The video below by Leo Cackett was produced for Anthony Burrill for Wallpaper* magazine. It features Derek Stonham, and Ian Foster producing a wood type printed piece for the cover of the 2012 May issue of the magazine. At one point in the voice over by Foster, he talks about working with antique machinery and type. This is so true. The press is probably over 100 years old, as well as the wood type they are using. I love the fact that there is a dedicated group of people all over the world that are keeping this craft alive. It really rings true with me after spending 10 hours in front of a computer screen working in Photoshop and Illustrator.
When the good people at Mama’s Sauce in Orlando Florida found out that the Hamilton Type Museum were being forced to relocate, they did something extraordinary. They culled the talents of some extremely skilled designers to help raise money for the Hamilton move. The video below tells the story of who what and why. The video is worth watching in its own right. The cause makes it even better.
It’s a pretty well known fact that if you want your business card to get noticed, it better stand out from the crowd. There are plenty of ways to make this happen, but few of them are as fun as this card designed by Richard C Evans for Bentply, a London furniture shop that specializes in vintage, 20th century modern furniture.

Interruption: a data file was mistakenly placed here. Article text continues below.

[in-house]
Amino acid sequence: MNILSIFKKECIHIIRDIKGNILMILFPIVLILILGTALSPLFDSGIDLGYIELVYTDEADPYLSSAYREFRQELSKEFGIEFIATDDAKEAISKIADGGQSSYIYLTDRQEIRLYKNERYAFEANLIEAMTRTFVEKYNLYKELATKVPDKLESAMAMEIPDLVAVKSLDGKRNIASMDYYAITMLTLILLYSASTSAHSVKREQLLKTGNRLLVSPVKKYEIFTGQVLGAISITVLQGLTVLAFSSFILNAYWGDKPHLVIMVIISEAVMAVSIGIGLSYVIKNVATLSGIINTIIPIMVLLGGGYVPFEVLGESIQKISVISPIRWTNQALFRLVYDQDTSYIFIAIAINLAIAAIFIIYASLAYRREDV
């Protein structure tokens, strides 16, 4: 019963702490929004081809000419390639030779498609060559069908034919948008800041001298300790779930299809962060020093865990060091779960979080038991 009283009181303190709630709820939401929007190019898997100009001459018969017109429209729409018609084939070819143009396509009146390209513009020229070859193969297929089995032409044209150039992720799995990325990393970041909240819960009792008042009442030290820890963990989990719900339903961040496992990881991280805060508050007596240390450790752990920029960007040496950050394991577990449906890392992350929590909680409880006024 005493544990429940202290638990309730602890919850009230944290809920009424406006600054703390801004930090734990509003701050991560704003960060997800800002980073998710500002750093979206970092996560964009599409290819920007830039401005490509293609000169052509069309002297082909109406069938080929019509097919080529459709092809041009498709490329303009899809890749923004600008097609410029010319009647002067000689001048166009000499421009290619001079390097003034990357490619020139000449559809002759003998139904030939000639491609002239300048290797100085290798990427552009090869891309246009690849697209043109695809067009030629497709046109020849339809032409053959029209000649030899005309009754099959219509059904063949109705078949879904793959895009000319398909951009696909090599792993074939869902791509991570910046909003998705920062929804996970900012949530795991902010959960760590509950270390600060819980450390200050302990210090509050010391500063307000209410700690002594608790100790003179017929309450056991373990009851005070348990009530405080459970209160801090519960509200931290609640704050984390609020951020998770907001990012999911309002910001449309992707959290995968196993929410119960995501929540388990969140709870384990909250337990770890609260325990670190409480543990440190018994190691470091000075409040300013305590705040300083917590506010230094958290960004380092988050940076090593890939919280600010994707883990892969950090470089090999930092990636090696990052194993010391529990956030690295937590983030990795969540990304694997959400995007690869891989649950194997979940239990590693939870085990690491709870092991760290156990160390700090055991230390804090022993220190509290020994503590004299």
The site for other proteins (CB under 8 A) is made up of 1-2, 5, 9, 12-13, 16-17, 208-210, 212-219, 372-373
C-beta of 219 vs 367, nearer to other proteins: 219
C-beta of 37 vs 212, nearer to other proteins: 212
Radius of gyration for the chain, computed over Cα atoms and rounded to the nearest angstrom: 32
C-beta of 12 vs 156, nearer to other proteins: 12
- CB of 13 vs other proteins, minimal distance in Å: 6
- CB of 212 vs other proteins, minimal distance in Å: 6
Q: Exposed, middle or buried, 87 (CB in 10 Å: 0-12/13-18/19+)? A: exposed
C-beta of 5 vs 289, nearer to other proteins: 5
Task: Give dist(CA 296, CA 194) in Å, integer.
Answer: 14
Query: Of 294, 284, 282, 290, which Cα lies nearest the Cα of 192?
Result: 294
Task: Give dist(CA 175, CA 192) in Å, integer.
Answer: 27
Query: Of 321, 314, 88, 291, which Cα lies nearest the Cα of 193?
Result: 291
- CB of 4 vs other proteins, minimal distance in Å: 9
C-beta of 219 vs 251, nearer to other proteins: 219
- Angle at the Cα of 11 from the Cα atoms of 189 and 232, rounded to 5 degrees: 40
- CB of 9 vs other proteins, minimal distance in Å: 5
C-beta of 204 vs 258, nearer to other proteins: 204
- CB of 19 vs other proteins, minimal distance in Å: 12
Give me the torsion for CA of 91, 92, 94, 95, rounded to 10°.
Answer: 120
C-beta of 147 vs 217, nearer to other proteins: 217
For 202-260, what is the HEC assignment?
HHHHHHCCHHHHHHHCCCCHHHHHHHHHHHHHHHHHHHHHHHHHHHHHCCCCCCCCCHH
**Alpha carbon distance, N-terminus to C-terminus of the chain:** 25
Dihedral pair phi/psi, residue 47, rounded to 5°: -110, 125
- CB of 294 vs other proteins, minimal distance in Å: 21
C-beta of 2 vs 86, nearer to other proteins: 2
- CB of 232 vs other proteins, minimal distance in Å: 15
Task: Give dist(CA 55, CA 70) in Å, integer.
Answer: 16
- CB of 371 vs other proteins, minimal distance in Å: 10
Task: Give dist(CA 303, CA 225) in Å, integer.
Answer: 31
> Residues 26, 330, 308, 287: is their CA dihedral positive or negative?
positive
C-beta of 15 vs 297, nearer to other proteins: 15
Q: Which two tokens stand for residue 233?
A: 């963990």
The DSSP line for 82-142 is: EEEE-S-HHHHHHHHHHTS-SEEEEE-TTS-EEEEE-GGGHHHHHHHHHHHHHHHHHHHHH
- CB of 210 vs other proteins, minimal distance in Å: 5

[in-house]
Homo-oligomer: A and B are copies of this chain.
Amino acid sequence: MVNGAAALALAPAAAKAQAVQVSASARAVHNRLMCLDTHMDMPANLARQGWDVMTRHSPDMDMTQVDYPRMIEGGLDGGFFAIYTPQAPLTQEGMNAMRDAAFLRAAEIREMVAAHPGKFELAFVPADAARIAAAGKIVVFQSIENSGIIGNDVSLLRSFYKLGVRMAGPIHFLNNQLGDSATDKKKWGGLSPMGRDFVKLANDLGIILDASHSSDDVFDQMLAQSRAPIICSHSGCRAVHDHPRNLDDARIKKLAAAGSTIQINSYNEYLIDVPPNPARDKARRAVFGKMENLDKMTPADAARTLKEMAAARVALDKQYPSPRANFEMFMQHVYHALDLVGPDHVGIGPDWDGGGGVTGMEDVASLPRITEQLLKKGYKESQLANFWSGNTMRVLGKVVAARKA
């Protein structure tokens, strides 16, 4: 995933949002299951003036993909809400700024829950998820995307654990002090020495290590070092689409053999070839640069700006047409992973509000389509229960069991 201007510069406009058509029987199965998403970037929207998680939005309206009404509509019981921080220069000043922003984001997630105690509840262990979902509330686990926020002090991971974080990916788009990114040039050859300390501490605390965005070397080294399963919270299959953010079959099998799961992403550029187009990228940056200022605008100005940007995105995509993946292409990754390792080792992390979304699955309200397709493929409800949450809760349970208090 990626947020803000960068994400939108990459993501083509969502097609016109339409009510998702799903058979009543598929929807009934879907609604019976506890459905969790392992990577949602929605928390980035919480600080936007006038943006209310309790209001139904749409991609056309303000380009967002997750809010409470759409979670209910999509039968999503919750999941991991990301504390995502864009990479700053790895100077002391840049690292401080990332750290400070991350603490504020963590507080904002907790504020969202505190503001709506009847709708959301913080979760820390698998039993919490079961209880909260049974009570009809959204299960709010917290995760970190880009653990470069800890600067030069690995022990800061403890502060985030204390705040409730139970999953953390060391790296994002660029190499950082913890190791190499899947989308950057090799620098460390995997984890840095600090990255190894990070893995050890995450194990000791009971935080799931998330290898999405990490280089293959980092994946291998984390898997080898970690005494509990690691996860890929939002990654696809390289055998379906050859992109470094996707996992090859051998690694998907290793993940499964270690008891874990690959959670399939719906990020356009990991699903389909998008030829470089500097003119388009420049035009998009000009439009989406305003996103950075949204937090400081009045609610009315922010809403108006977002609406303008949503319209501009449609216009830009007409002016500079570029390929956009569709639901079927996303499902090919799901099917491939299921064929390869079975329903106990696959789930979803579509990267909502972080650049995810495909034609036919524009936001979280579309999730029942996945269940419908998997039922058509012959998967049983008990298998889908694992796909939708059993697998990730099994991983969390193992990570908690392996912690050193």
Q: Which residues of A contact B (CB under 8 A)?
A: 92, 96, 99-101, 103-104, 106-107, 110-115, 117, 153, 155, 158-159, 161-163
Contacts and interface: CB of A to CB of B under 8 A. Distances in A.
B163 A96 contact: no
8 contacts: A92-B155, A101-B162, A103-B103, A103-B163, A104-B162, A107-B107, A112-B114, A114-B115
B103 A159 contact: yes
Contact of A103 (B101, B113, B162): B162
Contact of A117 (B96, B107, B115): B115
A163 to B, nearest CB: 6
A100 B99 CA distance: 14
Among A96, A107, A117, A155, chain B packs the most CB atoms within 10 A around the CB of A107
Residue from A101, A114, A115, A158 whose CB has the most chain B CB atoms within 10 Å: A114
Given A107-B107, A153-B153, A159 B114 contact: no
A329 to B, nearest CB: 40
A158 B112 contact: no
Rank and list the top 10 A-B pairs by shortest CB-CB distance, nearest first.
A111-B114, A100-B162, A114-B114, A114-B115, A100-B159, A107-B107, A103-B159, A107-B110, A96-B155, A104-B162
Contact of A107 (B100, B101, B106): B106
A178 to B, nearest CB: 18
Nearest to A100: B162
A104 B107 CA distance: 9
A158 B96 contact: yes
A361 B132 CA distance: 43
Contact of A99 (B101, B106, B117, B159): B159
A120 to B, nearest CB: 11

The card was letterpress printed by Elegante Press on three layers of card for stability, and die cut so it could be punched out, and folded up to become a miniature 1934 plywood armchair designed by Gerald Summers. The card looks great unfolded with a great visual layout, and color pallet that precisely the aesthetic of mid 20th century instructional manuals. Punched out and folded up it becomes a hard to forget item that transcends typical business card design.
Over the last couple of years I have seen a ton of augmented reality stuff. Most of it is geared toward a camera enabled smartphone, and most of it is designed to extend a product offering or promote something.A lot of it is pretty mediocre in design, and implementation.
It is refreshing to see an augmented reality application that is being used to help create a literary experience. One that is well designed, well constructed, and well thought out.
Between Page and Screen was written by Amaranth Borsuk and developed by Brad Bouse. The book is a series of poems that are displayed on the page as geometric patterns that reveal the text when shown to w computer with a web camera, or a camera enabled smartphone.
Originally produced as a limited-edition hand-bound and letterpress-printed artist’s book, Between Page and Screen has been shown internationally at a number of exhibitions from San Francisco to Berlin, and is now available as a hardbound book on the Between Page and Screen website from Siglio Press.
“The pages of this artist’s book contain no text—only abstract geometric patterns and a web address leading to this site, where the book may be read using any browser and a webcam. The poems that appear, a series of letters written by two lovers struggling to map the boundaries of their relationship, do not exist on either page or screen, but in the augmented space between them opened up by the reader.”